A taste aversion is a tendency to avoid or make negative associations with a food that you ate just before getting sick.

Many people have taste aversions and they’re often the subject of conversations about food. When someone asks, “What food do you dislike?” many people can come up with a story about a run-in with a food that they now refuse to eat.

An example of a conditioned taste aversion is getting the flu after eating a specific food, and then, long past the incident, avoiding the food that you ate prior to getting sick. This can happen even though the food didn’t cause the illness since it isn’t spread this way.

This is called a conditioned taste aversion because you’ve trained yourself to avoid the food even though it wasn’t related to your illness. This is considered a single-trial conditioning since it only took one time for you to be conditioned to avoid the food.

Taste aversions can occur both unconsciously and consciously. Sometimes, you can unconsciously avoid a food without realizing why. The strength of conditioned taste aversion usually depends on how much of the food you consumed and how sick you were.

Typically, taste aversion occurs after you’ve eaten something and then get sick. This sickness usually involves nausea and vomiting. The more intense the sickness, the longer the taste aversion lasts.

Certain conditions or illnesses, unrelated to the food you’re eating, can trigger nausea and vomiting that contribute to your taste aversion:

Food aversions are, for the most part, psychological. You’re not allergic to the food, your mind is just associating the food with the time you got sick. Here are a few ways to try and combat food aversions:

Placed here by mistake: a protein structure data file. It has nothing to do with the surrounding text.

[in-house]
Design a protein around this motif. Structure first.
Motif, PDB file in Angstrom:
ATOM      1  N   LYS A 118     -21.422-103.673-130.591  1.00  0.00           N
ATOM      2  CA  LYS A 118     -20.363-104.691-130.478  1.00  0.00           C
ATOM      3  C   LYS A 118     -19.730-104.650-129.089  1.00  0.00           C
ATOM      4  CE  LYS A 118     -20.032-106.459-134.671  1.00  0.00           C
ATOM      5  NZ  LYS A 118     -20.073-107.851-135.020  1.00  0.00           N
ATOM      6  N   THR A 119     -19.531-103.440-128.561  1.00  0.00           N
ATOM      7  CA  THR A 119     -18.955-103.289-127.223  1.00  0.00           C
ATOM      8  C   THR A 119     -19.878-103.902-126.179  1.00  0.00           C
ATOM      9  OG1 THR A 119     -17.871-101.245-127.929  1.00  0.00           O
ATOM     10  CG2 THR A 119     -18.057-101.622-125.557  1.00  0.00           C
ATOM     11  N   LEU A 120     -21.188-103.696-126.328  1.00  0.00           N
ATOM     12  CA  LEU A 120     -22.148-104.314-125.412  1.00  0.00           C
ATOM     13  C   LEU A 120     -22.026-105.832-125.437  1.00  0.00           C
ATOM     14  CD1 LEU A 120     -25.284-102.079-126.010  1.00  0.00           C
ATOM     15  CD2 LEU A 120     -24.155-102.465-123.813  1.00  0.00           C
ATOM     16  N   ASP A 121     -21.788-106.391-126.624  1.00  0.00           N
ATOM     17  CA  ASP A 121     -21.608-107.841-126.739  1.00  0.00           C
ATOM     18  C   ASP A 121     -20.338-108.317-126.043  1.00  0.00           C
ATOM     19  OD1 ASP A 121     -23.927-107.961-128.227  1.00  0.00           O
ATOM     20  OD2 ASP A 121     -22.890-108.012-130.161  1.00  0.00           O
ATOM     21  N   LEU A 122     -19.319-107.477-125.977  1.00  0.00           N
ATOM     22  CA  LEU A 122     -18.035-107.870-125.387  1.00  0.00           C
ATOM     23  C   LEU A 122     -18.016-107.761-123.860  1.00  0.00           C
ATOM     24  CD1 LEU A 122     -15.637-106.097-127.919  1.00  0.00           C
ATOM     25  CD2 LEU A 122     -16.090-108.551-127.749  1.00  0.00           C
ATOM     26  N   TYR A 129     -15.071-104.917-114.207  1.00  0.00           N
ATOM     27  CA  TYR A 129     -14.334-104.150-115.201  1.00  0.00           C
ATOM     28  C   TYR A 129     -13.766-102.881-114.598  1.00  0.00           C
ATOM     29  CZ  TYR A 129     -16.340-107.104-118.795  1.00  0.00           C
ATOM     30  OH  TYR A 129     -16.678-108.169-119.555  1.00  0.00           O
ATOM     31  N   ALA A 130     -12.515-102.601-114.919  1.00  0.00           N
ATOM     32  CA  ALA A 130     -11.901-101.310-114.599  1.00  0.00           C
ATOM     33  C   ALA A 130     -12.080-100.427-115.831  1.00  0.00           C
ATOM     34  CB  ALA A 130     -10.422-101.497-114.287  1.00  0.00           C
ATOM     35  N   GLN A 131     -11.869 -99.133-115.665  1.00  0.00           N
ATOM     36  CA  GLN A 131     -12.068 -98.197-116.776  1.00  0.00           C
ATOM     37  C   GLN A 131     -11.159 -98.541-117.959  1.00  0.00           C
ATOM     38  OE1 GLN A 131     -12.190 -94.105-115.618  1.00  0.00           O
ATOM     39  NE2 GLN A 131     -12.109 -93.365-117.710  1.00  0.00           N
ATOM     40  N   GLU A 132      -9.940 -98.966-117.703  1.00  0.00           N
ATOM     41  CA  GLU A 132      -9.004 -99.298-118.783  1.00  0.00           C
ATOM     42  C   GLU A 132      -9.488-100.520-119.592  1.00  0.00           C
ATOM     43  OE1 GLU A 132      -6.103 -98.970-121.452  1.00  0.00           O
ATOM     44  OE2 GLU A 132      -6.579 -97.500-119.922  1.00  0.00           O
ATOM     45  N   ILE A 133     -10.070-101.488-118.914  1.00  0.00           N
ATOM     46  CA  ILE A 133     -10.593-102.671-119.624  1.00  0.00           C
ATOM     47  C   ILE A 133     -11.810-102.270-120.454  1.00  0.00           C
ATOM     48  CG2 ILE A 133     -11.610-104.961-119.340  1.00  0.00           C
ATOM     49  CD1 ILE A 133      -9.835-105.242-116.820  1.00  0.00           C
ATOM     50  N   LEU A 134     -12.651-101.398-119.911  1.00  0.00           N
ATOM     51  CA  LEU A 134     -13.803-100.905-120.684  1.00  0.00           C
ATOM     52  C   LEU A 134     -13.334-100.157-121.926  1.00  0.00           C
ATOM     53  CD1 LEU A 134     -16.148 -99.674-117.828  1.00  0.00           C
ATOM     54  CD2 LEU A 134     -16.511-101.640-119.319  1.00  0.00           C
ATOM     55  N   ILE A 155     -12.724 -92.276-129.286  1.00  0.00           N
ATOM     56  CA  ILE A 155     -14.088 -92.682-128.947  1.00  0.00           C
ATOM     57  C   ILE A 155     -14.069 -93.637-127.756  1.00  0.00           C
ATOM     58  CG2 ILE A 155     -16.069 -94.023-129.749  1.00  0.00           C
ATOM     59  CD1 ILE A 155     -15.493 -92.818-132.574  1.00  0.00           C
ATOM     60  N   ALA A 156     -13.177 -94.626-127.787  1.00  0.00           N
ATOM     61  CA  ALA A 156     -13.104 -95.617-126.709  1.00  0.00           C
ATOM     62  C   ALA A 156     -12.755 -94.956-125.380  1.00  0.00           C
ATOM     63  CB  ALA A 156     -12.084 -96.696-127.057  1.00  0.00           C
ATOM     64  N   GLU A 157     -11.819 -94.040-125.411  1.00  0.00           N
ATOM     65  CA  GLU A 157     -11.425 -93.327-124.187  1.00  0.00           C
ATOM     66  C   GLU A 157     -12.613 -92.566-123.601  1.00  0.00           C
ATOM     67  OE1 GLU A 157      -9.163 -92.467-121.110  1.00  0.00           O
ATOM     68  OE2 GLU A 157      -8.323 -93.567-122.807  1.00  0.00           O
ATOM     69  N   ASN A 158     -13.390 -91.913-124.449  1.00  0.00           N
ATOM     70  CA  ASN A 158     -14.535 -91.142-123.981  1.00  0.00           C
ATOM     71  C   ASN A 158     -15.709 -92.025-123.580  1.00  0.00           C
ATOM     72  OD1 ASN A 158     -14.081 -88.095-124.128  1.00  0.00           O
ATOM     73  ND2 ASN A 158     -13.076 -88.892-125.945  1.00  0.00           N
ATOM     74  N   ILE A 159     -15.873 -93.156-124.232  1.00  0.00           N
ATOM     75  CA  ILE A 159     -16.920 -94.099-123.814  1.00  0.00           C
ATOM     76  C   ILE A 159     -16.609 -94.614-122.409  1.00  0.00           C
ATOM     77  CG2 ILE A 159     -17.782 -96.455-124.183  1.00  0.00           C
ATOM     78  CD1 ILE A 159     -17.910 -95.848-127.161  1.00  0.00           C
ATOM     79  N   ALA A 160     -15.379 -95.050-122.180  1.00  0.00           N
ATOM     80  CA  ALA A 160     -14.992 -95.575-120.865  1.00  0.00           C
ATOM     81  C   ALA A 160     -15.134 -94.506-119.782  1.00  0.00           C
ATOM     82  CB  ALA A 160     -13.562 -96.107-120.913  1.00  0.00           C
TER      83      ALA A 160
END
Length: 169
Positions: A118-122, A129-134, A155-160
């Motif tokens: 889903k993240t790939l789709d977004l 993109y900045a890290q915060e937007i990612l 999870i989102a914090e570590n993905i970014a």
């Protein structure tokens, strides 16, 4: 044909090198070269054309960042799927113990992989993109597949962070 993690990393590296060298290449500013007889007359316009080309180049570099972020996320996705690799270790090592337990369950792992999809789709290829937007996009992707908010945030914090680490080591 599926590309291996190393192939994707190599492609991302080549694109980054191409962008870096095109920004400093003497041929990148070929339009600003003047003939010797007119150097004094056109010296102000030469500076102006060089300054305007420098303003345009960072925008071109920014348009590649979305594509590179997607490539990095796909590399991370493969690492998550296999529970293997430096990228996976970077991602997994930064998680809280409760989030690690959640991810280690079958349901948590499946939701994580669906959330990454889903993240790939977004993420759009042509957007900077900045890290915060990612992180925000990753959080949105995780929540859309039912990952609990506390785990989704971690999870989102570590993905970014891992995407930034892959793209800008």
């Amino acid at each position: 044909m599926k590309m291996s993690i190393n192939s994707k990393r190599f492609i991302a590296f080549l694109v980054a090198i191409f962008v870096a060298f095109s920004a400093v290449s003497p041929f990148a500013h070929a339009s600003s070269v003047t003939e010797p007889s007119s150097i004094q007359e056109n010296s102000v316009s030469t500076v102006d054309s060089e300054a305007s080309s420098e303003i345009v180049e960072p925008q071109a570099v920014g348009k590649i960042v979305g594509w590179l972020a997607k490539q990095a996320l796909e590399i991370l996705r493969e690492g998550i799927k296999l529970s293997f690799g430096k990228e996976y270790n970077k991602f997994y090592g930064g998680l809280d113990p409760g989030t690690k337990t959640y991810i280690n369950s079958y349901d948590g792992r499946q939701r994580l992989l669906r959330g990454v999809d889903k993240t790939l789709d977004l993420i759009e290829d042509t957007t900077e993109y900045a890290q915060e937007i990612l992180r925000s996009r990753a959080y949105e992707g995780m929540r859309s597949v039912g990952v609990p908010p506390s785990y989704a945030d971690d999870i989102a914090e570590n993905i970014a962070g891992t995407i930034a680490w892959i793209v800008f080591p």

• Make new associations. You may associate coconut flavor with the time you got ill after eating coconut cream pie, so you associate coconut with vomit. Instead, consciously try associating coconut with tropical islands, vacations, or relaxing on a warm beach.
  • Make the food in a new way. If you got sick after eating fried eggs, try to prepare your eggs in a different way — such as an omelet — to avoid associating eggs with sickness.
  • Increase your exposure. Slowly increasing your exposure to the taste you have an aversion to can prevent you from feeling sick or disgusted about the taste. Try just smelling it first, then taste a small amount.

Taste aversions can be a sign of a more serious issue such as an eating disorder. If you have taste aversions that affect your ability to eat a balanced diet, talk to your doctor about the possibility of an eating disorder.

Taste aversions usually occur when you get nauseous or vomit after eating something and then associate the food with the sickness. Sometimes, a taste aversion will fade over time. However, some people report having taste aversions many years after the incident occurred.

If you’re experiencing an extreme taste aversion that stops you from getting proper nutrition, make an appointment with your doctor. They can point you in the right direction for specialists or treatments that can help you put your taste aversions behind you.